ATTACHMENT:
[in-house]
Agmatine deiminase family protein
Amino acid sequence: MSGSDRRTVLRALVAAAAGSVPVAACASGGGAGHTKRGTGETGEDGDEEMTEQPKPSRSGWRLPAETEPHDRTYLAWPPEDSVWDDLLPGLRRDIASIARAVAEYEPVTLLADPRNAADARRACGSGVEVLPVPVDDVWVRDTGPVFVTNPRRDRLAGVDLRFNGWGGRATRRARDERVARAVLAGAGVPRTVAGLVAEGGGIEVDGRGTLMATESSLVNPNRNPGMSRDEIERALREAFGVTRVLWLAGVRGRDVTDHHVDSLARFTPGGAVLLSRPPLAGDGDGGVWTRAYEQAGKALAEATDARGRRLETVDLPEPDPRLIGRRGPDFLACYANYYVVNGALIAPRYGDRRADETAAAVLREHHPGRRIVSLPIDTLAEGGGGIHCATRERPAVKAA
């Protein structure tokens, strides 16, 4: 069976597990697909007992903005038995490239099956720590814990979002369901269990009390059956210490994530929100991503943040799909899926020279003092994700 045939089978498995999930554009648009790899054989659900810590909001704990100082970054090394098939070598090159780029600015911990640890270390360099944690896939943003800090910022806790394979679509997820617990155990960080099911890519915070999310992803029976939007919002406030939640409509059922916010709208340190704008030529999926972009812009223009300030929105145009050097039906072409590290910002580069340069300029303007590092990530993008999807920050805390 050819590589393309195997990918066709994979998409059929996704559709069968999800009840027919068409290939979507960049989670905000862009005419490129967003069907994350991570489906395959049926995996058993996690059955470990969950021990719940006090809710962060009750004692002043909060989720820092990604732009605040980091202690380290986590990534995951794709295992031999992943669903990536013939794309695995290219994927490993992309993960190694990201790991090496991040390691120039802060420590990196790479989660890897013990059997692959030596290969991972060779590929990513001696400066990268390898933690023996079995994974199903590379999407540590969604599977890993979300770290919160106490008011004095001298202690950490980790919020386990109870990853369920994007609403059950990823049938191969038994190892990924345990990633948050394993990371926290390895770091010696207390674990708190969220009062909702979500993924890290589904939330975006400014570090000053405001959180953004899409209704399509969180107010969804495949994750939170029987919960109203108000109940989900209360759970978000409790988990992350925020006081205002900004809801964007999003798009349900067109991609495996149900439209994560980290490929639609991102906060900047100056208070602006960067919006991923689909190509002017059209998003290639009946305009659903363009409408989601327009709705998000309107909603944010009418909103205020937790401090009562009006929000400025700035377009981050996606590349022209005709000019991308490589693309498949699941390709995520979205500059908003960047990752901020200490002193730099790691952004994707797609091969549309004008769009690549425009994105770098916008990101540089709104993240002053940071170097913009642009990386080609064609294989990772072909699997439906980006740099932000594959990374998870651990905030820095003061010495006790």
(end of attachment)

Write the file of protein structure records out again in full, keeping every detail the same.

[in-house]
Agmatine deiminase family protein
Amino acid sequence: MSGSDRRTVLRALVAAAAGSVPVAACASGGGAGHTKRGTGETGEDGDEEMTEQPKPSRSGWRLPAETEPHDRTYLAWPPEDSVWDDLLPGLRRDIASIARAVAEYEPVTLLADPRNAADARRACGSGVEVLPVPVDDVWVRDTGPVFVTNPRRDRLAGVDLRFNGWGGRATRRARDERVARAVLAGAGVPRTVAGLVAEGGGIEVDGRGTLMATESSLVNPNRNPGMSRDEIERALREAFGVTRVLWLAGVRGRDVTDHHVDSLARFTPGGAVLLSRPPLAGDGDGGVWTRAYEQAGKALAEATDARGRRLETVDLPEPDPRLIGRRGPDFLACYANYYVVNGALIAPRYGDRRADETAAAVLREHHPGRRIVSLPIDTLAEGGGGIHCATRERPAVKAA
């Protein structure tokens, strides 16, 4: 069976597990697909007992903005038995490239099956720590814990979002369901269990009390059956210490994530929100991503943040799909899926020279003092994700 045939089978498995999930554009648009790899054989659900810590909001704990100082970054090394098939070598090159780029600015911990640890270390360099944690896939943003800090910022806790394979679509997820617990155990960080099911890519915070999310992803029976939007919002406030939640409509059922916010709208340190704008030529999926972009812009223009300030929105145009050097039906072409590290910002580069340069300029303007590092990530993008999807920050805390 050819590589393309195997990918066709994979998409059929996704559709069968999800009840027919068409290939979507960049989670905000862009005419490129967003069907994350991570489906395959049926995996058993996690059955470990969950021990719940006090809710962060009750004692002043909060989720820092990604732009605040980091202690380290986590990534995951794709295992031999992943669903990536013939794309695995290219994927490993992309993960190694990201790991090496991040390691120039802060420590990196790479989660890897013990059997692959030596290969991972060779590929990513001696400066990268390898933690023996079995994974199903590379999407540590969604599977890993979300770290919160106490008011004095001298202690950490980790919020386990109870990853369920994007609403059950990823049938191969038994190892990924345990990633948050394993990371926290390895770091010696207390674990708190969220009062909702979500993924890290589904939330975006400014570090000053405001959180953004899409209704399509969180107010969804495949994750939170029987919960109203108000109940989900209360759970978000409790988990992350925020006081205002900004809801964007999003798009349900067109991609495996149900439209994560980290490929639609991102906060900047100056208070602006960067919006991923689909190509002017059209998003290639009946305009659903363009409408989601327009709705998000309107909603944010009418909103205020937790401090009562009006929000400025700035377009981050996606590349022209005709000019991308490589693309498949699941390709995520979205500059908003960047990752901020200490002193730099790691952004994707797609091969549309004008769009690549425009994105770098916008990101540089709104993240002053940071170097913009642009990386080609064609294989990772072909699997439906980006740099932000594959990374998870651990905030820095003061010495006790």